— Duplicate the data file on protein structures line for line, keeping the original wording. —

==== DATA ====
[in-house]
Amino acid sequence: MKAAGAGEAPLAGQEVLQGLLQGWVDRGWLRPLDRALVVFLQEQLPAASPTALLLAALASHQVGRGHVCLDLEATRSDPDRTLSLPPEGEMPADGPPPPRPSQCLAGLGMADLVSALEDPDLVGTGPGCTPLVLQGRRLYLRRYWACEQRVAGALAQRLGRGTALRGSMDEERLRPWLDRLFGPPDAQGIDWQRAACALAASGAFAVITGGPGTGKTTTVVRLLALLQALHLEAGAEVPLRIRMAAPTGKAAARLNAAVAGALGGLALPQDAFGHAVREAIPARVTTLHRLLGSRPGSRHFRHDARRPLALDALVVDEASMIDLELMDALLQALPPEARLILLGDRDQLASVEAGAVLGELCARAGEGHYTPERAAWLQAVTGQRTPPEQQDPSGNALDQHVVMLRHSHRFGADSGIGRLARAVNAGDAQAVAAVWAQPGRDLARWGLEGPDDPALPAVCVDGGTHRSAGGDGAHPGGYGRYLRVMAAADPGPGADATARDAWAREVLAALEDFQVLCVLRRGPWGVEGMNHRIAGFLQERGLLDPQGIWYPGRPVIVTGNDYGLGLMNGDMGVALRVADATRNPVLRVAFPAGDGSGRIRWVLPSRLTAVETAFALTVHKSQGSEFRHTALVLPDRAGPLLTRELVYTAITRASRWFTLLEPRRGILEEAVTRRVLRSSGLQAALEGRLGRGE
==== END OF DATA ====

[in-house]
Amino acid sequence: MKAAGAGEAPLAGQEVLQGLLQGWVDRGWLRPLDRALVVFLQEQLPAASPTALLLAALASHQVGRGHVCLDLEATRSDPDRTLSLPPEGEMPADGPPPPRPSQCLAGLGMADLVSALEDPDLVGTGPGCTPLVLQGRRLYLRRYWACEQRVAGALAQRLGRGTALRGSMDEERLRPWLDRLFGPPDAQGIDWQRAACALAASGAFAVITGGPGTGKTTTVVRLLALLQALHLEAGAEVPLRIRMAAPTGKAAARLNAAVAGALGGLALPQDAFGHAVREAIPARVTTLHRLLGSRPGSRHFRHDARRPLALDALVVDEASMIDLELMDALLQALPPEARLILLGDRDQLASVEAGAVLGELCARAGEGHYTPERAAWLQAVTGQRTPPEQQDPSGNALDQHVVMLRHSHRFGADSGIGRLARAVNAGDAQAVAAVWAQPGRDLARWGLEGPDDPALPAVCVDGGTHRSAGGDGAHPGGYGRYLRVMAAADPGPGADATARDAWAREVLAALEDFQVLCVLRRGPWGVEGMNHRIAGFLQERGLLDPQGIWYPGRPVIVTGNDYGLGLMNGDMGVALRVADATRNPVLRVAFPAGDGSGRIRWVLPSRLTAVETAFALTVHKSQGSEFRHTALVLPDRAGPLLTRELVYTAITRASRWFTLLEPRRGILEEAVTRRVLRSSGLQAALEGRLGRGE